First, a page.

What is Human Trafficking?

Who-is-being-trafficked-2-Defining Trafficking

Human trafficking is a form of modern-day slavery. It is a crime under international law, federal and the Commonwealth of Kentucky as well as each individual state in the United States. After drug dealing, human trafficking is tied with the illegal arms industry as the second largest criminal industry in the world today, and it is the fastest growing.

The Trafficking Victims Protection Act of 2000 (TVPA) defines “Severe Forms of Trafficking in Persons” as:

    • Sex Trafficking: The recruitment, harboring, transportation, provision, or obtaining of a person for the purpose of a commercial sex act, in which a commercial sex act is induced by force, fraud, or coercion, or in which the person forced to perform such an act is under the age of 18 years; or
    • Labor Trafficking: The recruitment, harboring, transportation, provision, or obtaining of a person for labor or services, through the use of force, fraud, or coercion for the purpose of subjection to involuntary servitude, peonage, debt bondage or slavery.

Margeaux’s Story [ SURVIVOR ] from Rescue and Restore on Vimeo.

Any vulnerable person can become a trafficking victim, a vulnerable person may look like a teen who is a frequent runaway or a child who is exchanged for drugs and/or sexual related offenses. The majority of sex trafficking victims are U.S. Citizens rather than foreign nationals.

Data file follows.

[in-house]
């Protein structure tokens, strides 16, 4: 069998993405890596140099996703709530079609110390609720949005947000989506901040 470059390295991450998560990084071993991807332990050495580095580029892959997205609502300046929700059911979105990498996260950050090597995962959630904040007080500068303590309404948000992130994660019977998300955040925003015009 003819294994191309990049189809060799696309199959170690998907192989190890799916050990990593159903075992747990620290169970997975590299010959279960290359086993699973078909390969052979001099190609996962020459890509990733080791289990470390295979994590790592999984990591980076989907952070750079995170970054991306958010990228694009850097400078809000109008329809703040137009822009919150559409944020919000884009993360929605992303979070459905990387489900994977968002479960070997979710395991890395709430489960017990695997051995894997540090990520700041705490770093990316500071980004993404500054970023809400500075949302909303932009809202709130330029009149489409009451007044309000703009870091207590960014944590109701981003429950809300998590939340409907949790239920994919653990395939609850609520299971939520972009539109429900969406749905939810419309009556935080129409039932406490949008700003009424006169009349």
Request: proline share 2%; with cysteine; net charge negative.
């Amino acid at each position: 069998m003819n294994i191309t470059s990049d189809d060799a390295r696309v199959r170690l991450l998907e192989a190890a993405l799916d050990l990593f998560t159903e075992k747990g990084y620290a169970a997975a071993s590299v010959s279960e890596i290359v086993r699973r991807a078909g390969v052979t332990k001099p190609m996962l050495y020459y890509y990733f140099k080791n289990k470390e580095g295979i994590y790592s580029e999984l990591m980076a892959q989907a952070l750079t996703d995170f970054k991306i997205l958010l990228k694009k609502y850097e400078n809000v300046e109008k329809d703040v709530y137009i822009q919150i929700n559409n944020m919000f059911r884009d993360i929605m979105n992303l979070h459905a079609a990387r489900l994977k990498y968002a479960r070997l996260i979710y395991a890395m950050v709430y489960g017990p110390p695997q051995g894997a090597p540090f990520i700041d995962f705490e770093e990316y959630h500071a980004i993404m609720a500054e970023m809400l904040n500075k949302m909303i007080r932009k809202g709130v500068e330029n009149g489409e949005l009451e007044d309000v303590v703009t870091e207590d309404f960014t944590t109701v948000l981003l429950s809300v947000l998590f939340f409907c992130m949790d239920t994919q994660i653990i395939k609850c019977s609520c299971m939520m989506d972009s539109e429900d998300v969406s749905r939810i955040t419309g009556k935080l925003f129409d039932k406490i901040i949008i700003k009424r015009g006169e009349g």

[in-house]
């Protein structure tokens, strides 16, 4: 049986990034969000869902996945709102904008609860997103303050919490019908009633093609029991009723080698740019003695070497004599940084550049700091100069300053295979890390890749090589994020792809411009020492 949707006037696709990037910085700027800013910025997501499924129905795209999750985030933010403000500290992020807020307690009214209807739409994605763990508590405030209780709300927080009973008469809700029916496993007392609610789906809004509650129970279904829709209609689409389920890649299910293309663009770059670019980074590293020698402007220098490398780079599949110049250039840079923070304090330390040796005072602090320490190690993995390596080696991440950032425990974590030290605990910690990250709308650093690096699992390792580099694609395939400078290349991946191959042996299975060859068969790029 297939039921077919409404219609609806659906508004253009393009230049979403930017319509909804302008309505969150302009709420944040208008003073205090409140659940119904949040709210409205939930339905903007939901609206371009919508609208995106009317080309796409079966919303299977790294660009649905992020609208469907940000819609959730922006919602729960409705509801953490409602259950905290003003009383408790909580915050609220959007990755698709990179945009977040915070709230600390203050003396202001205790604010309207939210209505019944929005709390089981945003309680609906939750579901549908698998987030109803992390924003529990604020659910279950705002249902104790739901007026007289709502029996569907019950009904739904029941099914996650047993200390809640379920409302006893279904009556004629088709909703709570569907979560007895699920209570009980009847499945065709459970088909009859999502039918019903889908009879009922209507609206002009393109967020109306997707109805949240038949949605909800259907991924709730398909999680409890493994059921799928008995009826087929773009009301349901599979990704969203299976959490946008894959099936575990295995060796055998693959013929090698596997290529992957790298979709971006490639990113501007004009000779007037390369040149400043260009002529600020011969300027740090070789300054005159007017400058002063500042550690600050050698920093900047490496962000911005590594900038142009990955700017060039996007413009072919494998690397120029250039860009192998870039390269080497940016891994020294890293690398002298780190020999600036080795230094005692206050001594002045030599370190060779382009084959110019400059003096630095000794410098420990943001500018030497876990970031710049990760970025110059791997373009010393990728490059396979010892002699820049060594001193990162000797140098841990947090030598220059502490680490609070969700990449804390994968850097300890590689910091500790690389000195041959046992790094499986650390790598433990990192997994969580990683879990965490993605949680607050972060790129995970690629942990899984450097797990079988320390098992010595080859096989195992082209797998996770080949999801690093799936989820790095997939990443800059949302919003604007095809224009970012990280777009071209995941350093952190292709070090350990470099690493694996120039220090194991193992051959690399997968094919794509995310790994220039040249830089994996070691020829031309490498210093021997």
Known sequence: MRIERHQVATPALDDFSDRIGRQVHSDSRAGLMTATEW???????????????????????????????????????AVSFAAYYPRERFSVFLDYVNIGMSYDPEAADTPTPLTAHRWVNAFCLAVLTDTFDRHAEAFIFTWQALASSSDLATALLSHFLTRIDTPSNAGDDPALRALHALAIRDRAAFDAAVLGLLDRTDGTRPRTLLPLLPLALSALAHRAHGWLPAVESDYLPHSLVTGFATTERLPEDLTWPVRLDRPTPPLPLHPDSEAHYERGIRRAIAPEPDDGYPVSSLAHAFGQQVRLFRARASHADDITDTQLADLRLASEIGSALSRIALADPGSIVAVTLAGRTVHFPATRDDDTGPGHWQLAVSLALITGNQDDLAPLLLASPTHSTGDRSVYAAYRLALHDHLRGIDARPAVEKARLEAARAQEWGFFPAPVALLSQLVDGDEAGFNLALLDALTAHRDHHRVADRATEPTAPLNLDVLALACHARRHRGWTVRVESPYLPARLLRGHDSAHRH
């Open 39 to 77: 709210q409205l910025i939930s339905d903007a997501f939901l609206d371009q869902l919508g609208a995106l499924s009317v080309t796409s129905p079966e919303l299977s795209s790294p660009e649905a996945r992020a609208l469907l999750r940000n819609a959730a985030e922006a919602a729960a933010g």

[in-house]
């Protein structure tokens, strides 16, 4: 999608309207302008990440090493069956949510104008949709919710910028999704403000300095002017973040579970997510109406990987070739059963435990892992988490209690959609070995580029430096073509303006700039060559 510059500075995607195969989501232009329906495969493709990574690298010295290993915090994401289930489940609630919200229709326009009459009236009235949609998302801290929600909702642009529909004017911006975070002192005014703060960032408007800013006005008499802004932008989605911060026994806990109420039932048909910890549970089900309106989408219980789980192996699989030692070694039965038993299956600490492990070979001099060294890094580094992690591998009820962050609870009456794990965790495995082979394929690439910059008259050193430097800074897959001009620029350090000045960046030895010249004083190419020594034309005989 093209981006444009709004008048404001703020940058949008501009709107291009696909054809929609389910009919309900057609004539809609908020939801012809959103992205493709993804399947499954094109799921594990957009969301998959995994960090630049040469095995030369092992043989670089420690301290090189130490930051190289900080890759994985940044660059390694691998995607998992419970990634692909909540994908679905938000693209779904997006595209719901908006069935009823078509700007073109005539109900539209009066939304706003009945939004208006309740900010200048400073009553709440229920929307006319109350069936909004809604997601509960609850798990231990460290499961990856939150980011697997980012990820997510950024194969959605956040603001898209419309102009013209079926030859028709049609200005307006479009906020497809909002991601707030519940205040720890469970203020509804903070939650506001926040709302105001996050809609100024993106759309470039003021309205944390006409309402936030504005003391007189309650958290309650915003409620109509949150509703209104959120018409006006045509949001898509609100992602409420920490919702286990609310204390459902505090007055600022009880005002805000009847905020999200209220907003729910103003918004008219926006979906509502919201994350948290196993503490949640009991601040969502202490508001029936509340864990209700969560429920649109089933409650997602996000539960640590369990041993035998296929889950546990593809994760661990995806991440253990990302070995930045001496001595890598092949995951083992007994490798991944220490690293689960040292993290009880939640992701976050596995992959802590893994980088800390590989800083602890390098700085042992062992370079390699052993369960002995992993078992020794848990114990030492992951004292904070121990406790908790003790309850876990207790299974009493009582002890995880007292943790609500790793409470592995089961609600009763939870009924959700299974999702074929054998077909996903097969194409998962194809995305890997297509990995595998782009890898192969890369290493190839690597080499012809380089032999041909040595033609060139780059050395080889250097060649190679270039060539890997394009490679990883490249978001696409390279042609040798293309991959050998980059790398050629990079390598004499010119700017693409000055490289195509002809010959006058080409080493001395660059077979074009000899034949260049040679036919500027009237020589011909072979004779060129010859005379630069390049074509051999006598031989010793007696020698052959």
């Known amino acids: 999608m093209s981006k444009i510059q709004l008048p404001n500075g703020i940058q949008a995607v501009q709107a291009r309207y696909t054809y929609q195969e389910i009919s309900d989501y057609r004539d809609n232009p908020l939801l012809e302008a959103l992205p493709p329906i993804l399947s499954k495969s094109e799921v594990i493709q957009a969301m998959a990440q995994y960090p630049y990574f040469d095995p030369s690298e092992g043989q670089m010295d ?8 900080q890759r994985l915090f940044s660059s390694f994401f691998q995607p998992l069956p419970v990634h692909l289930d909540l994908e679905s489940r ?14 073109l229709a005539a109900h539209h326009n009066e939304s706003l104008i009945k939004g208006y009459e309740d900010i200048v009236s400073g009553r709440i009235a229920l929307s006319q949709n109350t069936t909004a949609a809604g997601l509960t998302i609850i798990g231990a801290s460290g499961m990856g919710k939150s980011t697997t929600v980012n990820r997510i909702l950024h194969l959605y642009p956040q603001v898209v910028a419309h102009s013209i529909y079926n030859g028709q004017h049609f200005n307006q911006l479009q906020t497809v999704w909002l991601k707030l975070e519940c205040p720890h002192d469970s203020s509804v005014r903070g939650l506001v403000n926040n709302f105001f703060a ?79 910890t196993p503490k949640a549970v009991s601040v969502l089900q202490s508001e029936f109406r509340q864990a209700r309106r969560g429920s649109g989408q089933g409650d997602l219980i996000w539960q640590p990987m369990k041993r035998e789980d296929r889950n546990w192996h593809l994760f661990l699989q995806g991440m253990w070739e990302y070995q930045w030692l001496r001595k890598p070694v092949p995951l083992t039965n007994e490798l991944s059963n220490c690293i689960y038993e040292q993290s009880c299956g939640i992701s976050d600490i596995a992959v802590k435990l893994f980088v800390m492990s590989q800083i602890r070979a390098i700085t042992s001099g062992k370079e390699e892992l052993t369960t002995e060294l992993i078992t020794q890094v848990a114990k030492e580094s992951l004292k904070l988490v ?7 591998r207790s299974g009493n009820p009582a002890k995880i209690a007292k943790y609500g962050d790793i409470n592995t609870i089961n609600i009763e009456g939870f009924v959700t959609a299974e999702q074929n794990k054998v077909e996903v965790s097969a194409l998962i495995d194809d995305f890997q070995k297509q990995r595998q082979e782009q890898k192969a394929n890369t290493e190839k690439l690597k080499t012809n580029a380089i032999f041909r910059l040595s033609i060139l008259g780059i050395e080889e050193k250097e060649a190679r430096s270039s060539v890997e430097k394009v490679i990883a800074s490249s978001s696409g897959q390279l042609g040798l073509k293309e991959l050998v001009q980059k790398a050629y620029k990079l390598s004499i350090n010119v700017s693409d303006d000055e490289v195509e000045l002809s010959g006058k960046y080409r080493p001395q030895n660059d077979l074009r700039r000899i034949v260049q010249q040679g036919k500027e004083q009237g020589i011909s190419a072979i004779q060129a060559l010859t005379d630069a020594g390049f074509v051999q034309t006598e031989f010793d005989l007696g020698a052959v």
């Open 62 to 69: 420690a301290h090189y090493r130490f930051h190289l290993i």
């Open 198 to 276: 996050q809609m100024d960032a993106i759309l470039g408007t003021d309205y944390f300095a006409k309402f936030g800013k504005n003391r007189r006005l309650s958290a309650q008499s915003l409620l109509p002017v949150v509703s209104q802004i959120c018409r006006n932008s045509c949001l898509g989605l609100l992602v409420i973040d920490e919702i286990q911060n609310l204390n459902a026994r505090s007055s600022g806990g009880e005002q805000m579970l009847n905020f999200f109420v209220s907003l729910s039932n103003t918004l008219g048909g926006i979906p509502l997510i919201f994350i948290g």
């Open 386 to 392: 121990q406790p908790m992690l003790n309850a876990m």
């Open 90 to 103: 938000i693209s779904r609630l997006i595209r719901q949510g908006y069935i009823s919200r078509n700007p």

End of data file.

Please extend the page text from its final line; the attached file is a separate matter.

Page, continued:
Identified Trafficking Venues

      • Forced prostitution or minors involved in sexual exploitation or prostitution
      • Domestic Servitude Worker
      • Arranged Marriage
      • Strip club work
      • Restaurant work
      • Agricultural labor
      • Pornography including filming, distribution, and site performance
      • Construction, maintenance, landscape labor
      • Food processing plants
      • Use in criminal activity, such as in sale of drugs
      • Forced begging
      • Sweatshops, such as manufacture, sewing and distribution of clothing
      • Magazine selling in groups within different places
      • Sale of babies
      • Sale of human organs, which includes removal
      • Debt bondage
      • Child soldiers, including 16 countries in the world
      • Internet based exploitation
      • Massage parlors
      • Nail salons
      • Casino presence

Serving Victims of Trafficking

Trafficking victims have multiple needs upon escaping their trafficking situation. It is important to first establish the victim’s safety, then determine other immediate needs. Language access needs should be assessed immediately, and adequately provided. An Emergency Response Plan may assist in determining how to best evaluate a victim’s needs and how to best meet those needs.

The Trafficking Victims Protection Act of 2000 provides for prevention, protection, and prosecution in trafficking cases. The protections provided to victims of human trafficking include, but are not limited to, the following: